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Don Welke's Presence Felt Throughout Padres On Deck Game

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(Photo by Kyle Glaser)

SAN DIEGO — Don Welke loved baseball. More specifically, he loved prospects.

The Padres chose to honor that love in memoriam this week, renaming their annual prospects game at Petco Park the Don Welke On Deck Classic.

Welke, a renowned talent evaluator who most recently served as Padres vice president of scouting operations, died on Sept. 19 at age 75. He spent more than 50 years in baseball, beginning as a scout for the Reds in 1965 and growing into one of the most influential scouts in the game, developing a long list of protégés that includes Padres general manager A.J. Preller.

The third edition of the Padres' prospects game was played Thursday night with Welke’s family in attendance and his name prominently displayed all throughout the stadium. A montage honoring his life and career played on the video board prior to first pitch, and a moment of silence was observed in his memory.

“The biggest thing is Don loved prospects, he loved scouting, he loved grassroots baseball, he loved seeing young kids on the way up and seeing kind of who the next great player was going to be,” Preller said. “This was a game he’d be most comfortable at, so we just felt it was really fitting to name the game in Don’s honor.”

Welke worked his way up from being a scout and before long played an integral role in building some of the best teams of the last 50 years.

He was a key component of the Royals' playoff teams of the 1970s, the Blue Jays’ back-to-back championship teams in 1992-93, the Orioles' playoff teams of 1996-97 and, most recently, the Rangers’ back-to-back World Series teams in 2010-11. In 2014, he left the Rangers to join his protégé in San Diego after Preller was named Padres GM.

Preller and his staff quickly concluded following Welke’s death that the prospects game should be renamed in honor, especially in light of the fact the Padres annually play the game against prospects from the Rangers, the last two organizations Welke worked for.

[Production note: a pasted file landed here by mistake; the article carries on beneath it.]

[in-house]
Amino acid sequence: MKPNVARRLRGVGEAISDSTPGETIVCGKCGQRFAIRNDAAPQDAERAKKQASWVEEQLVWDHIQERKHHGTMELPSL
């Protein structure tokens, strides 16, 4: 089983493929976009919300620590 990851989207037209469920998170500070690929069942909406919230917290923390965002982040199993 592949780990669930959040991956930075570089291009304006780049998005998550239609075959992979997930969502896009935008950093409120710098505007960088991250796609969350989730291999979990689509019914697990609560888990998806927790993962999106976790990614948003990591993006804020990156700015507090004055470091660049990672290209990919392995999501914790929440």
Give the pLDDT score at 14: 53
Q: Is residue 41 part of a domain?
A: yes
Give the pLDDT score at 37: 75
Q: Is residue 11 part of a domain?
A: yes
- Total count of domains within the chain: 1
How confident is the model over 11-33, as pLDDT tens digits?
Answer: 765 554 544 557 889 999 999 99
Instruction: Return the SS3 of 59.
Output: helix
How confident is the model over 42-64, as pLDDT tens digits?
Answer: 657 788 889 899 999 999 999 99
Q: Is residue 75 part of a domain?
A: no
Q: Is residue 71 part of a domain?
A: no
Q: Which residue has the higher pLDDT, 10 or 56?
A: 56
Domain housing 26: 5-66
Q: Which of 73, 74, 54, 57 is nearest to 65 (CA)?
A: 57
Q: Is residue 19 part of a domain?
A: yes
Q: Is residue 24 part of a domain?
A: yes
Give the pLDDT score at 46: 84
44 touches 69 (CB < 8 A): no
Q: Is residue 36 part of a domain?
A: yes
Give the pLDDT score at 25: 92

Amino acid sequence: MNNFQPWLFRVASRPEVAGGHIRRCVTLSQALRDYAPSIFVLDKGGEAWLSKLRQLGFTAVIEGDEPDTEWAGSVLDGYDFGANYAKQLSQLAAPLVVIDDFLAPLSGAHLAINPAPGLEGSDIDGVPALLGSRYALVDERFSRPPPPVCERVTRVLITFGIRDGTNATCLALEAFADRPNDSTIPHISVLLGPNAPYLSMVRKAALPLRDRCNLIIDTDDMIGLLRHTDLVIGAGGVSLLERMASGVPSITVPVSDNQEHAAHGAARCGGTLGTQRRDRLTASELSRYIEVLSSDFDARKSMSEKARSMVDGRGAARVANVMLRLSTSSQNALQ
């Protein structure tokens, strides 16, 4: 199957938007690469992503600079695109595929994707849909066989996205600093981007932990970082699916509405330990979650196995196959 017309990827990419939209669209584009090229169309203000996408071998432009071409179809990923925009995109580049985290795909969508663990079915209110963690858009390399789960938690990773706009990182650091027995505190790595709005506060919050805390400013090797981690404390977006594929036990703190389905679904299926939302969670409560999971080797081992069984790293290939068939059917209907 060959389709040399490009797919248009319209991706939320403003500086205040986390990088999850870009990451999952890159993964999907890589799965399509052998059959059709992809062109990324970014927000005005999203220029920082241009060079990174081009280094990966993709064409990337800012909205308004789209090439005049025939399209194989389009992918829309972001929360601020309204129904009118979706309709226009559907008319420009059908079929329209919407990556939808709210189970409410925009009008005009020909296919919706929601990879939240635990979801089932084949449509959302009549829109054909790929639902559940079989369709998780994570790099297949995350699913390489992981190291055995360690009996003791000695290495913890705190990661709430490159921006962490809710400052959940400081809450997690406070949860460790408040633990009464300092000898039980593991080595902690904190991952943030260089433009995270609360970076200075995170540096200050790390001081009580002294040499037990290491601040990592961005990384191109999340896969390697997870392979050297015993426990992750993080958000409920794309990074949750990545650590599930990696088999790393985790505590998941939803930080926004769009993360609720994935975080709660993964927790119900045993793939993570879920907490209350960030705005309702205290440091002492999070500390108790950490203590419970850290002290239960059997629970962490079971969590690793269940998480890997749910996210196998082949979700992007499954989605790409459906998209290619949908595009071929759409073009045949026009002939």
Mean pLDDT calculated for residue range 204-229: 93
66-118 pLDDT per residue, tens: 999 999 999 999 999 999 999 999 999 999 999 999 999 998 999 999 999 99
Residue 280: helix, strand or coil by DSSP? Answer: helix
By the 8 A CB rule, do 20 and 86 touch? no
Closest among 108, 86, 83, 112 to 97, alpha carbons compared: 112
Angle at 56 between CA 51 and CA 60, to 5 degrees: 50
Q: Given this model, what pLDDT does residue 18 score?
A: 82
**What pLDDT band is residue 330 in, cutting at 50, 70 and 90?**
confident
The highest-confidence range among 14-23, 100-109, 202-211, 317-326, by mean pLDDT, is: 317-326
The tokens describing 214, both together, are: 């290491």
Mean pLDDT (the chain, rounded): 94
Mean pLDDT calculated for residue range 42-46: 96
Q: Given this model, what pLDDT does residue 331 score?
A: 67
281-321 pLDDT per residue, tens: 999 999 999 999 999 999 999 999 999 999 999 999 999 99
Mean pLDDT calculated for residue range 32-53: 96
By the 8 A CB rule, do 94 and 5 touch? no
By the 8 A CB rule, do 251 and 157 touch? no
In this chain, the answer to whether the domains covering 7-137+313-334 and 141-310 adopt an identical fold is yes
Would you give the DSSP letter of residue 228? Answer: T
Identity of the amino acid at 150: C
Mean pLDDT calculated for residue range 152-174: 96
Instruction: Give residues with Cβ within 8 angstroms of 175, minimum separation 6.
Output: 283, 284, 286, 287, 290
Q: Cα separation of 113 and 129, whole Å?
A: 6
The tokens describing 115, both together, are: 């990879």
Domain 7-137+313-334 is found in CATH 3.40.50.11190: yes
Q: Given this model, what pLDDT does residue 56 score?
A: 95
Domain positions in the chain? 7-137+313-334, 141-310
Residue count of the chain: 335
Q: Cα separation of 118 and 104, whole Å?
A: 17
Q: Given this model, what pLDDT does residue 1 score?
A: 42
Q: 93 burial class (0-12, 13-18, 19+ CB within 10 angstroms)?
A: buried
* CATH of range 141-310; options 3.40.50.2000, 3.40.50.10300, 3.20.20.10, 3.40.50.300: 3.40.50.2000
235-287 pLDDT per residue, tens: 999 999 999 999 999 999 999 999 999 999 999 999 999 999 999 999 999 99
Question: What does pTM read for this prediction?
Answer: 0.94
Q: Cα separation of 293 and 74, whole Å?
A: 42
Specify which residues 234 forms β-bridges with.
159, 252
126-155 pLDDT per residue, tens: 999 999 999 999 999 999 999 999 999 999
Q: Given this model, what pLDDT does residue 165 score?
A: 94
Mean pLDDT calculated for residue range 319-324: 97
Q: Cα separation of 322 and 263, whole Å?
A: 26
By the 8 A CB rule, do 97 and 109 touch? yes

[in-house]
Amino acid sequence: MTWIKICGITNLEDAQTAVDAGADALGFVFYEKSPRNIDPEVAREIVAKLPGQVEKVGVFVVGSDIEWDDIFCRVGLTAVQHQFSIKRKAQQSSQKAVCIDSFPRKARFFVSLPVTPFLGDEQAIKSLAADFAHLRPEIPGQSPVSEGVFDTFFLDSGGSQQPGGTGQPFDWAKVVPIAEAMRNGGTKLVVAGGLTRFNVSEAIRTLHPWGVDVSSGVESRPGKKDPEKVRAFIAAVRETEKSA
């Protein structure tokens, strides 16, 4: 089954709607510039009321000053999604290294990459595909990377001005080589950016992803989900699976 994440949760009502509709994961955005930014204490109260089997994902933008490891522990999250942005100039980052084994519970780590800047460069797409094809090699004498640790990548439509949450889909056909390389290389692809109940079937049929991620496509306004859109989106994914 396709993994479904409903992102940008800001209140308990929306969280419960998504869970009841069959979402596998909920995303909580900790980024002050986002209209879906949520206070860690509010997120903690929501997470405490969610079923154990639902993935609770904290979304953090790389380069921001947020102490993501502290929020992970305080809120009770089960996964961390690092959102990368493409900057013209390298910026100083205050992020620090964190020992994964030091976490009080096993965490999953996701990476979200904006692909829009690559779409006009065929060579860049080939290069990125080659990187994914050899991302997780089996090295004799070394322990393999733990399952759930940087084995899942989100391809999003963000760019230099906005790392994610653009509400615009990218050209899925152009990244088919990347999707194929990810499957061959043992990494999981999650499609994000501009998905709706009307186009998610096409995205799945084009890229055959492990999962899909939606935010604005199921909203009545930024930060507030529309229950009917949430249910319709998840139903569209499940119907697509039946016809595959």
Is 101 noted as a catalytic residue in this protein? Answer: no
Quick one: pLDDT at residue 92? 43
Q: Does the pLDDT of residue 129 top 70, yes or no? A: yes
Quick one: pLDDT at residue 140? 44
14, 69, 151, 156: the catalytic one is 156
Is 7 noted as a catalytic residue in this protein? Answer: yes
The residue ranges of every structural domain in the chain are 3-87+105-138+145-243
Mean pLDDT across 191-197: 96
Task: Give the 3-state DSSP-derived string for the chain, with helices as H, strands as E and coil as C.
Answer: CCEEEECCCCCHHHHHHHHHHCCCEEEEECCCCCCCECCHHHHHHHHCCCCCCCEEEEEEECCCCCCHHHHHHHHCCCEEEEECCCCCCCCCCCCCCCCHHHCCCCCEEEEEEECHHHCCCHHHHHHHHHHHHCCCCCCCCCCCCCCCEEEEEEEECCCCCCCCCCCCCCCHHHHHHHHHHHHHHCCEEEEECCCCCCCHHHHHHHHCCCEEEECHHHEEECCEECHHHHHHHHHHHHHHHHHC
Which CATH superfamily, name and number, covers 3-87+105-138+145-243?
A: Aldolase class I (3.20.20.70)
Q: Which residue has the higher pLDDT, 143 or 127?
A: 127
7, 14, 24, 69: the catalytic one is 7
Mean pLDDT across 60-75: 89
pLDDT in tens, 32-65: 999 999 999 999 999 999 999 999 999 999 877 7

“We talked about it with the family and just I think ultimately it was obviously pretty fitting,” Preller said. “Rangers and Padres, it’s two teams he had a big impact on, two organizations that he had a big impact on.”

Welke’s influence goes beyond the field of play. Affectionately known as “Coach”, Welke made a habit of familiarizing himself with employees from top to bottom in every organization he worked for. He had nicknames and even occasionally personalized songs for almost everyone he worked with, from the elevator operators to the young interns to the front office officials occupying corner suites.

“As good of a baseball mind, he was an even better person, one of my closest friends for sure,” Preller said. “I think the biggest thing to me was just his ability to connect with everybody. He’d be the guy who’d have a nickname for the sales intern and two minutes later he’d be in the owners office recommending a big trade or free agent signing.

"His ability to connect with people in all walks of life, not just baseball, et cetera, he loved that. He loved to be at a game and kind of pretend like he wasn’t really paying attention, messing around with the usher or the elevator person, but at the end of the day he was doing his job. He was watching, doing it with his style.”

Preller, who was 23 years old and just starting out in baseball when he met Welke, kept his composure in discussing his old friend but acknowledged not having Welke beside him for the game was going to be difficult.

But through renaming the game in Welke’s honor, the longtime scout’s presence will still be felt throughout.

“He was a guy (I) spoke to almost daily for the last 15 years. It’s going to take a lot of getting used to (not having him here),” Preller said. “Looking over when one of the guys does well or asking his thought about this prospect or this player, him looking over and giving me that glance, that kind of knowing look, that this guy is going to be pretty good, that will definitely take some getting used to.

“I don’t know if you’ll ever fully get over that, but seeing his name up here, it’s appropriate. He loved this game the last few years. He would have loved it tonight. He’s a guy that basically gave his life to baseball and loved the scouting end of it, and he made a lot of impact on the people here today.”

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